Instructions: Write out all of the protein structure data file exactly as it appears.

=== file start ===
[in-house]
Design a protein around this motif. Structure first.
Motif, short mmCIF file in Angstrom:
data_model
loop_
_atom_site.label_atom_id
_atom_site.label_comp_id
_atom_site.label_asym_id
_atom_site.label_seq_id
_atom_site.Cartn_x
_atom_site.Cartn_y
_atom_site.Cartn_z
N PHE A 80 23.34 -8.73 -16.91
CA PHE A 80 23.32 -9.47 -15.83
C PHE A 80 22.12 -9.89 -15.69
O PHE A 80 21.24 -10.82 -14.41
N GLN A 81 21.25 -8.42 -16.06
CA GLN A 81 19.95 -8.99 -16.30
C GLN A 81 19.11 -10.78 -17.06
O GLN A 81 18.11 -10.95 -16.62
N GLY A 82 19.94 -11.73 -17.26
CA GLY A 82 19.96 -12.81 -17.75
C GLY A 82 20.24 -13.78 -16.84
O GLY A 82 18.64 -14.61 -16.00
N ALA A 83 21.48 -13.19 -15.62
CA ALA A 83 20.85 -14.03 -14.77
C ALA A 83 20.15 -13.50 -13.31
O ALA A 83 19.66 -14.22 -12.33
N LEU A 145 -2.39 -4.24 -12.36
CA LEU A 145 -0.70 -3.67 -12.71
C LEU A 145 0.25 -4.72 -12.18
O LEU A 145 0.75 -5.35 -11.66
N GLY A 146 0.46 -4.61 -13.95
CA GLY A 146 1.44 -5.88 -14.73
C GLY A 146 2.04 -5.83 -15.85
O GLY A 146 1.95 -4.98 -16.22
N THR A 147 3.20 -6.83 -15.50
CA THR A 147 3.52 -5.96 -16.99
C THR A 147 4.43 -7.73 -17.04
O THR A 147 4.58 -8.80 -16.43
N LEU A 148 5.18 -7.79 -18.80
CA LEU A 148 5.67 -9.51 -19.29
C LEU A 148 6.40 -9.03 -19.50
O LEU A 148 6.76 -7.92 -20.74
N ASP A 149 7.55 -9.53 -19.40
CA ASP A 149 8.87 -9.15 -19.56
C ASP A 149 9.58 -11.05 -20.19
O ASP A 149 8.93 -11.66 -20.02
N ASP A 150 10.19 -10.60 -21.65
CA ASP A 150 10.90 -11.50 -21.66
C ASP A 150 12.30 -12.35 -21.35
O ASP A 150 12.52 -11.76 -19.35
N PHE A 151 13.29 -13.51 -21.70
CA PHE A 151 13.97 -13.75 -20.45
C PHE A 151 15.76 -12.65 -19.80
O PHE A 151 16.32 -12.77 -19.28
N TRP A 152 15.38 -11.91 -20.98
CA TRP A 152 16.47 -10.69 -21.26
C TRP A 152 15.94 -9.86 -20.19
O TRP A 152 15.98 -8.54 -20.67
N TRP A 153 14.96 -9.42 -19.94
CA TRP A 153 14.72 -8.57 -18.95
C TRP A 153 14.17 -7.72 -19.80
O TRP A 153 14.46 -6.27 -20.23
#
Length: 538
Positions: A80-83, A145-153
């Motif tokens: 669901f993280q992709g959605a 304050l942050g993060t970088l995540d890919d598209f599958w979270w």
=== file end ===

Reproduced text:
[in-house]
Design a protein around this motif. Structure first.
Motif, short mmCIF file in Angstrom:
data_model
loop_
_atom_site.label_atom_id
_atom_site.label_comp_id
_atom_site.label_asym_id
_atom_site.label_seq_id
_atom_site.Cartn_x
_atom_site.Cartn_y
_atom_site.Cartn_z
N PHE A 80 23.34 -8.73 -16.91
CA PHE A 80 23.32 -9.47 -15.83
C PHE A 80 22.12 -9.89 -15.69
O PHE A 80 21.24 -10.82 -14.41
N GLN A 81 21.25 -8.42 -16.06
CA GLN A 81 19.95 -8.99 -16.30
C GLN A 81 19.11 -10.78 -17.06
O GLN A 81 18.11 -10.95 -16.62
N GLY A 82 19.94 -11.73 -17.26
CA GLY A 82 19.96 -12.81 -17.75
C GLY A 82 20.24 -13.78 -16.84
O GLY A 82 18.64 -14.61 -16.00
N ALA A 83 21.48 -13.19 -15.62
CA ALA A 83 20.85 -14.03 -14.77
C ALA A 83 20.15 -13.50 -13.31
O ALA A 83 19.66 -14.22 -12.33
N LEU A 145 -2.39 -4.24 -12.36
CA LEU A 145 -0.70 -3.67 -12.71
C LEU A 145 0.25 -4.72 -12.18
O LEU A 145 0.75 -5.35 -11.66
N GLY A 146 0.46 -4.61 -13.95
CA GLY A 146 1.44 -5.88 -14.73
C GLY A 146 2.04 -5.83 -15.85
O GLY A 146 1.95 -4.98 -16.22
N THR A 147 3.20 -6.83 -15.50
CA THR A 147 3.52 -5.96 -16.99
C THR A 147 4.43 -7.73 -17.04
O THR A 147 4.58 -8.80 -16.43
N LEU A 148 5.18 -7.79 -18.80
CA LEU A 148 5.67 -9.51 -19.29
C LEU A 148 6.40 -9.03 -19.50
O LEU A 148 6.76 -7.92 -20.74
N ASP A 149 7.55 -9.53 -19.40
CA ASP A 149 8.87 -9.15 -19.56
C ASP A 149 9.58 -11.05 -20.19
O ASP A 149 8.93 -11.66 -20.02
N ASP A 150 10.19 -10.60 -21.65
CA ASP A 150 10.90 -11.50 -21.66
C ASP A 150 12.30 -12.35 -21.35
O ASP A 150 12.52 -11.76 -19.35
N PHE A 151 13.29 -13.51 -21.70
CA PHE A 151 13.97 -13.75 -20.45
C PHE A 151 15.76 -12.65 -19.80
O PHE A 151 16.32 -12.77 -19.28
N TRP A 152 15.38 -11.91 -20.98
CA TRP A 152 16.47 -10.69 -21.26
C TRP A 152 15.94 -9.86 -20.19
O TRP A 152 15.98 -8.54 -20.67
N TRP A 153 14.96 -9.42 -19.94
CA TRP A 153 14.72 -8.57 -18.95
C TRP A 153 14.17 -7.72 -19.80
O TRP A 153 14.46 -6.27 -20.23
#
Length: 538
Positions: A80-83, A145-153
């Motif tokens: 669901f993280q992709g959605a 304050l942050g993060t970088l995540d890919d598209f599958w979270w």